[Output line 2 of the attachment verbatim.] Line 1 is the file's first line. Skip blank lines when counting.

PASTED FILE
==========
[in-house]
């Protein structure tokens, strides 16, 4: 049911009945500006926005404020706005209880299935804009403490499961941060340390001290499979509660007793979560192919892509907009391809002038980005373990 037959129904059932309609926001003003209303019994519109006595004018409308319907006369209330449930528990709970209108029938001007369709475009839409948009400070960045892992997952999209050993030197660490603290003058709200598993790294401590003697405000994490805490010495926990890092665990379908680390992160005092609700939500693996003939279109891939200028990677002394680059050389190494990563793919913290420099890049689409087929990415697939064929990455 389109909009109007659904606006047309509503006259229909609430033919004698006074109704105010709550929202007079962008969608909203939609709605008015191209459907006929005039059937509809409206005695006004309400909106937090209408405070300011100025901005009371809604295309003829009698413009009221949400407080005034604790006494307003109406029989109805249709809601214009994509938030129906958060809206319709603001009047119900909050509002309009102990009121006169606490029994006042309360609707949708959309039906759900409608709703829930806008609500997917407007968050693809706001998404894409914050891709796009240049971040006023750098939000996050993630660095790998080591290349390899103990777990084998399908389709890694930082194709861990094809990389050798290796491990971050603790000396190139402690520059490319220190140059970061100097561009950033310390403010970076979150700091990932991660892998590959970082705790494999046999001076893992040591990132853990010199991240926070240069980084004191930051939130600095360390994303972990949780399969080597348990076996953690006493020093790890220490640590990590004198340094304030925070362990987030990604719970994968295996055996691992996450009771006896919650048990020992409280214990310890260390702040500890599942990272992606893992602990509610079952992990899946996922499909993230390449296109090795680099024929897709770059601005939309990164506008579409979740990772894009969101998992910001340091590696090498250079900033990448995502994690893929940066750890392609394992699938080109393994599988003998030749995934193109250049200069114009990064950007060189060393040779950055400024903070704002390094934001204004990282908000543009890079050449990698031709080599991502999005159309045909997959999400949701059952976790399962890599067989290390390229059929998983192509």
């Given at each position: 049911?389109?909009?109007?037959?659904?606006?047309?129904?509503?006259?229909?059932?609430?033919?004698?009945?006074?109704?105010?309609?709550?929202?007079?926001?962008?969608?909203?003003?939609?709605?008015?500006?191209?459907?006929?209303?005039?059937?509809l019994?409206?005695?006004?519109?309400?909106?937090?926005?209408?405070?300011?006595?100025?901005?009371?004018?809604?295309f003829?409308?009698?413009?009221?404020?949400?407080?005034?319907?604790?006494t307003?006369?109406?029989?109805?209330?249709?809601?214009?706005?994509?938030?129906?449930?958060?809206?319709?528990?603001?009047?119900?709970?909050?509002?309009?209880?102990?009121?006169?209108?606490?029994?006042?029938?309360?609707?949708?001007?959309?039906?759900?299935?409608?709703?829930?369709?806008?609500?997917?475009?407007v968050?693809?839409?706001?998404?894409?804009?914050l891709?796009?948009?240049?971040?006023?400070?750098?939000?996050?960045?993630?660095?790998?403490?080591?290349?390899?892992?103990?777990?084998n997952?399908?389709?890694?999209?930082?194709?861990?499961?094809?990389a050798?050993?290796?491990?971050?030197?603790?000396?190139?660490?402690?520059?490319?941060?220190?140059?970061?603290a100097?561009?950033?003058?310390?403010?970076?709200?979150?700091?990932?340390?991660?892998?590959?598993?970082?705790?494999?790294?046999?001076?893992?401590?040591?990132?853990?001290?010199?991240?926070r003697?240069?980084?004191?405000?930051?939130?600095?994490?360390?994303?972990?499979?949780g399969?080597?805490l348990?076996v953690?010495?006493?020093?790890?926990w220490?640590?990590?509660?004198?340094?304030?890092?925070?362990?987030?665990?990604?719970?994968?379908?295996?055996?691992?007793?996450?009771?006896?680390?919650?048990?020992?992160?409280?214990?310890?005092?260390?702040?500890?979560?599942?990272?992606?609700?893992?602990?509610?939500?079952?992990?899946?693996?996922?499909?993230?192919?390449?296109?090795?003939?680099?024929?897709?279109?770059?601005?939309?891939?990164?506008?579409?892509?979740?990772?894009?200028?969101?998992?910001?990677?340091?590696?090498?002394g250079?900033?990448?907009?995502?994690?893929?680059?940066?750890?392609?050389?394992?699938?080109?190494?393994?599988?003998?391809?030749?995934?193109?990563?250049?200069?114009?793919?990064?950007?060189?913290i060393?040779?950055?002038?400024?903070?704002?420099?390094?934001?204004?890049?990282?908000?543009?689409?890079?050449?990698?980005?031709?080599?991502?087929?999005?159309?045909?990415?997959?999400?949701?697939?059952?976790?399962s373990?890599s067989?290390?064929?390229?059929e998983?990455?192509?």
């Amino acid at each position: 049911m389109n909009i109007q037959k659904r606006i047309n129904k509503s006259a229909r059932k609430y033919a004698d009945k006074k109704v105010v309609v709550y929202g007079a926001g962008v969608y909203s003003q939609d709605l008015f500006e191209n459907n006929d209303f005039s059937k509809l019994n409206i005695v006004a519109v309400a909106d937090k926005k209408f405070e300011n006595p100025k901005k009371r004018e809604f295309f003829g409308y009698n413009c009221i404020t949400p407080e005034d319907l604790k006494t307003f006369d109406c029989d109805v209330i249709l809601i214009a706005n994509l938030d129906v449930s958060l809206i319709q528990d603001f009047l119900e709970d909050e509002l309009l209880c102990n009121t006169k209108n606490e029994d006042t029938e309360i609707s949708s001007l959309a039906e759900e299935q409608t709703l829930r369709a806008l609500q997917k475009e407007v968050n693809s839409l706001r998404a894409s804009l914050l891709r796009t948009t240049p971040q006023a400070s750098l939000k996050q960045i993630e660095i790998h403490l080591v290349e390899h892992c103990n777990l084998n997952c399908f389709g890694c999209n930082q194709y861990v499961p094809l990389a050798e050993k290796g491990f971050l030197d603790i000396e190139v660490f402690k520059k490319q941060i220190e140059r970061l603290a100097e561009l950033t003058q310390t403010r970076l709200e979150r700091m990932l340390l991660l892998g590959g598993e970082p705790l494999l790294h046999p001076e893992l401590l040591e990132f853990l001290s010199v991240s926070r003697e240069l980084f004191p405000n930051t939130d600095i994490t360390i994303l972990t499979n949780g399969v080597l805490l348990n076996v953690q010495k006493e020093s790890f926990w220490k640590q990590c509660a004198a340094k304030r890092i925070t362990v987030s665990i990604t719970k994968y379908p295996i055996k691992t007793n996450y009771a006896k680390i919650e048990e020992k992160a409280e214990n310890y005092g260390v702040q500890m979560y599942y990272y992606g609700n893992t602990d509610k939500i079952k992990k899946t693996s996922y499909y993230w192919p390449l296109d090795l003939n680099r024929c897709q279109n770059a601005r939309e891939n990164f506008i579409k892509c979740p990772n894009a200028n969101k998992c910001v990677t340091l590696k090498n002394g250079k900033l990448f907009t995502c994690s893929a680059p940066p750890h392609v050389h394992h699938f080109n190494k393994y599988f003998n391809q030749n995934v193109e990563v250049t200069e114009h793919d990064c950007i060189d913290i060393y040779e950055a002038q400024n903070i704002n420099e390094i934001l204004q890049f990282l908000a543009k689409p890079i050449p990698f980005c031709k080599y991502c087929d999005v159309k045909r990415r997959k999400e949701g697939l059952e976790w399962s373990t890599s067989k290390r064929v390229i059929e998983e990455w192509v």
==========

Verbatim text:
């Protein structure tokens, strides 16, 4: 049911009945500006926005404020706005209880299935804009403490499961941060340390001290499979509660007793979560192919892509907009391809002038980005373990 037959129904059932309609926001003003209303019994519109006595004018409308319907006369209330449930528990709970209108029938001007369709475009839409948009400070960045892992997952999209050993030197660490603290003058709200598993790294401590003697405000994490805490010495926990890092665990379908680390992160005092609700939500693996003939279109891939200028990677002394680059050389190494990563793919913290420099890049689409087929990415697939064929990455 389109909009109007659904606006047309509503006259229909609430033919004698006074109704105010709550929202007079962008969608909203939609709605008015191209459907006929005039059937509809409206005695006004309400909106937090209408405070300011100025901005009371809604295309003829009698413009009221949400407080005034604790006494307003109406029989109805249709809601214009994509938030129906958060809206319709603001009047119900909050509002309009102990009121006169606490029994006042309360609707949708959309039906759900409608709703829930806008609500997917407007968050693809706001998404894409914050891709796009240049971040006023750098939000996050993630660095790998080591290349390899103990777990084998399908389709890694930082194709861990094809990389050798290796491990971050603790000396190139402690520059490319220190140059970061100097561009950033310390403010970076979150700091990932991660892998590959970082705790494999046999001076893992040591990132853990010199991240926070240069980084004191930051939130600095360390994303972990949780399969080597348990076996953690006493020093790890220490640590990590004198340094304030925070362990987030990604719970994968295996055996691992996450009771006896919650048990020992409280214990310890260390702040500890599942990272992606893992602990509610079952992990899946996922499909993230390449296109090795680099024929897709770059601005939309990164506008579409979740990772894009969101998992910001340091590696090498250079900033990448995502994690893929940066750890392609394992699938080109393994599988003998030749995934193109250049200069114009990064950007060189060393040779950055400024903070704002390094934001204004990282908000543009890079050449990698031709080599991502999005159309045909997959999400949701059952976790399962890599067989290390390229059929998983192509």